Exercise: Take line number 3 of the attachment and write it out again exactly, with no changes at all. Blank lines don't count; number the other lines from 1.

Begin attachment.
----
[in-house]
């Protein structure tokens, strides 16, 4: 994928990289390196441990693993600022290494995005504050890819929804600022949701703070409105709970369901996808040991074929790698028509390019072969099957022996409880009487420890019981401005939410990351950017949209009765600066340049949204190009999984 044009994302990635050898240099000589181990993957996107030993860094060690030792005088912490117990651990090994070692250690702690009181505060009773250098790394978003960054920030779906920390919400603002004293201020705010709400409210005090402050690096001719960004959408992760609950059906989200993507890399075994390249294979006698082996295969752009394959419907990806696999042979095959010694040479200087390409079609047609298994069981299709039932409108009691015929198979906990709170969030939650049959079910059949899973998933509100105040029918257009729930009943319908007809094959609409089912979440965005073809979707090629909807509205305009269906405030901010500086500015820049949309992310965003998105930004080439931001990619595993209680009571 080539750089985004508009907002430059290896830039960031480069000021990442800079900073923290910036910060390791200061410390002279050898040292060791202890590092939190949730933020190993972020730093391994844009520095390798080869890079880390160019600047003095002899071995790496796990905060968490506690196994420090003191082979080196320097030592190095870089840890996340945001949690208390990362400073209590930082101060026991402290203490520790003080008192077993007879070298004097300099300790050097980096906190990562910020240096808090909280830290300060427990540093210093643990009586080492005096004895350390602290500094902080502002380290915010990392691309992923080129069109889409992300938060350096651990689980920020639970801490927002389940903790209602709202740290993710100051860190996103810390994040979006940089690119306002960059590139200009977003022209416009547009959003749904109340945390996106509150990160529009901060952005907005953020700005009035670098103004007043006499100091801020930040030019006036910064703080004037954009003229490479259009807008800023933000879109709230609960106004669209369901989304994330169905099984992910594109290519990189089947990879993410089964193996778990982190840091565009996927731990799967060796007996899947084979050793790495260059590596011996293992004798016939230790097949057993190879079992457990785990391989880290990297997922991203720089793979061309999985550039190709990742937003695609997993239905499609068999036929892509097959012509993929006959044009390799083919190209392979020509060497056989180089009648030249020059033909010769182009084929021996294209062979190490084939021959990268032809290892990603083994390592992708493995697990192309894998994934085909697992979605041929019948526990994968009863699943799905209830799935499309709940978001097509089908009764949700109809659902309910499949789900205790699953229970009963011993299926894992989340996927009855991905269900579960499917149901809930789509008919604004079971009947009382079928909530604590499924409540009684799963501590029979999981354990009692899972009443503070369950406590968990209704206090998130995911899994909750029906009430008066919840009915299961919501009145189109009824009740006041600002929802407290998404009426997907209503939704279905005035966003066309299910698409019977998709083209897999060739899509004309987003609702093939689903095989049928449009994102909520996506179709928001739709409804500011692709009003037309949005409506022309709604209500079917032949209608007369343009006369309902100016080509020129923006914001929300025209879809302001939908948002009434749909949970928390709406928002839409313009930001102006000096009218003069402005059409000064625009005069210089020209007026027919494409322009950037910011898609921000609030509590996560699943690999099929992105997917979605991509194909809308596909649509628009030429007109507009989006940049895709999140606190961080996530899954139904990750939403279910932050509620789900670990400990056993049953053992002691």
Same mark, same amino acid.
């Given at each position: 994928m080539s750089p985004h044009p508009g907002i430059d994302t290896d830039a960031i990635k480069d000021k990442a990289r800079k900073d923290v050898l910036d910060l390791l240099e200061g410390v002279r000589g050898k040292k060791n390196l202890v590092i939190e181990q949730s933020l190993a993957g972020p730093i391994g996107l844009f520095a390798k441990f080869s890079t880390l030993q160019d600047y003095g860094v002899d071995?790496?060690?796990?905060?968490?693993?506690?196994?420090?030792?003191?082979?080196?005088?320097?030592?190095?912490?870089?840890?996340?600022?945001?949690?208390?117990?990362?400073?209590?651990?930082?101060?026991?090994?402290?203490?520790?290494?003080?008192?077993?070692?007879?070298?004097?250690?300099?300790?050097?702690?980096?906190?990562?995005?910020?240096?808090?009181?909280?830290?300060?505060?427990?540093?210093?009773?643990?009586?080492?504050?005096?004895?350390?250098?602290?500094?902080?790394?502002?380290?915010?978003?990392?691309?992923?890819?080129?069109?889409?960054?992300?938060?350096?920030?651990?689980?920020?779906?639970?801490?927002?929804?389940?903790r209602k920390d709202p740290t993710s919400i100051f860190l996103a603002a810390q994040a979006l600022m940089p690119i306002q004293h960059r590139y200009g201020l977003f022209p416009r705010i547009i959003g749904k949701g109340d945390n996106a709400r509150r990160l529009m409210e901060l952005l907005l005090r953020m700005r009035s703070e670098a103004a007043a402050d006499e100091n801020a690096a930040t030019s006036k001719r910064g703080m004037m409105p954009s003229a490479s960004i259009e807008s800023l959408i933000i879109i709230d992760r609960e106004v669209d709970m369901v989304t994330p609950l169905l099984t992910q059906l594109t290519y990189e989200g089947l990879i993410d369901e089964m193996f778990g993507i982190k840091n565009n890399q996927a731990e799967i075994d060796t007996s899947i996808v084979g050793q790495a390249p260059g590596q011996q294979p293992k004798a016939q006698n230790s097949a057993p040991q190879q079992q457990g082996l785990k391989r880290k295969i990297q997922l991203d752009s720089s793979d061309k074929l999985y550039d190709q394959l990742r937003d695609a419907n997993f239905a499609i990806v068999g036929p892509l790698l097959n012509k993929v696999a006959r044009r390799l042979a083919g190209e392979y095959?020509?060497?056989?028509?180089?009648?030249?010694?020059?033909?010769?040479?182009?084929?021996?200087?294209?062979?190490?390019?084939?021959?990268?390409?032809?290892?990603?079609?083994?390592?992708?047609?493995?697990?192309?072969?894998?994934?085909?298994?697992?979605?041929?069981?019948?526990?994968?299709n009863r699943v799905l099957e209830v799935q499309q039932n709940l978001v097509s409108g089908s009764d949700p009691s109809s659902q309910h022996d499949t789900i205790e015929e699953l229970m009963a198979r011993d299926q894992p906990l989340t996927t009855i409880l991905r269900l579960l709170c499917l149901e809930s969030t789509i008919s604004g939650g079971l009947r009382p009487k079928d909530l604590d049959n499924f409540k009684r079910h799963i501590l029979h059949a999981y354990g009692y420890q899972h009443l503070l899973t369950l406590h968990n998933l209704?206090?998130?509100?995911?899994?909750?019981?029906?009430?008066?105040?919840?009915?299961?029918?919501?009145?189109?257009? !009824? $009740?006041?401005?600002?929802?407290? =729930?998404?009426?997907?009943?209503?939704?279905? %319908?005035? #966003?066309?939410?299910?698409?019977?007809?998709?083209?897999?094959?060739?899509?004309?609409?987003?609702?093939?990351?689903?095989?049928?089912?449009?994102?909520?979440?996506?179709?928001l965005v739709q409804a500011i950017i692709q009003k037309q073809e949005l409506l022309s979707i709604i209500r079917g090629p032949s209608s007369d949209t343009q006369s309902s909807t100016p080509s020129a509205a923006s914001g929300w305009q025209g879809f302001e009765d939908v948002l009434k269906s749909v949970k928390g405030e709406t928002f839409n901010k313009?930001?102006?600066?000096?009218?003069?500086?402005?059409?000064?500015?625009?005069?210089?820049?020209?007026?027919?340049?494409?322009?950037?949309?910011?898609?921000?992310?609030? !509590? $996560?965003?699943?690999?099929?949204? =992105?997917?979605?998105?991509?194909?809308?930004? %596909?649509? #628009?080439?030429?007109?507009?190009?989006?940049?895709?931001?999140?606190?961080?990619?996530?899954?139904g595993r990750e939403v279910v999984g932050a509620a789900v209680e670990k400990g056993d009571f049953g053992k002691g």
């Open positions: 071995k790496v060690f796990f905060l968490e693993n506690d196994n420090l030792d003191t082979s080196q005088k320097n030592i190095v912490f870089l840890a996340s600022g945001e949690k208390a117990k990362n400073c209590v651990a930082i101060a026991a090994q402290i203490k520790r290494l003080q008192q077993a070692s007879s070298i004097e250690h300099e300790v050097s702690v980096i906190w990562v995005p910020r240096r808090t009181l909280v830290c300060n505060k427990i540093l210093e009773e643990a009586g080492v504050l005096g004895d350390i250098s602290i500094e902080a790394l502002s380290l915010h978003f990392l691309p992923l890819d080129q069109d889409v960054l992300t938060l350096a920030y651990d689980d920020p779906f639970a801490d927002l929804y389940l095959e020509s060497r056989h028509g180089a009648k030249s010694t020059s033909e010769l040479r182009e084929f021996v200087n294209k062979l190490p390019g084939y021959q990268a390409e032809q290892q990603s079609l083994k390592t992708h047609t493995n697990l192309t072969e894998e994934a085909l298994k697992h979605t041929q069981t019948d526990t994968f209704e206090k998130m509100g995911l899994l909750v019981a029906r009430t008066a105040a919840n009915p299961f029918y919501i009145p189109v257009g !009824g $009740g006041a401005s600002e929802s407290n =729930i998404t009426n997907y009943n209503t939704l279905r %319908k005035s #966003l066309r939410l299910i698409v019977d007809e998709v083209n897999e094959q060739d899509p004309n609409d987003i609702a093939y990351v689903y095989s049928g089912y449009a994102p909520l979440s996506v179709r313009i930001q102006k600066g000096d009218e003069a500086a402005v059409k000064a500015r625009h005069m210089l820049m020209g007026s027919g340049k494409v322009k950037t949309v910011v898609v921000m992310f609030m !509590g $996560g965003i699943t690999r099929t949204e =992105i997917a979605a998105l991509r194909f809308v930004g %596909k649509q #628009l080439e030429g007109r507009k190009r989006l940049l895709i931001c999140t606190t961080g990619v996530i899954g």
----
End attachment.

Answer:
Same mark, same amino acid.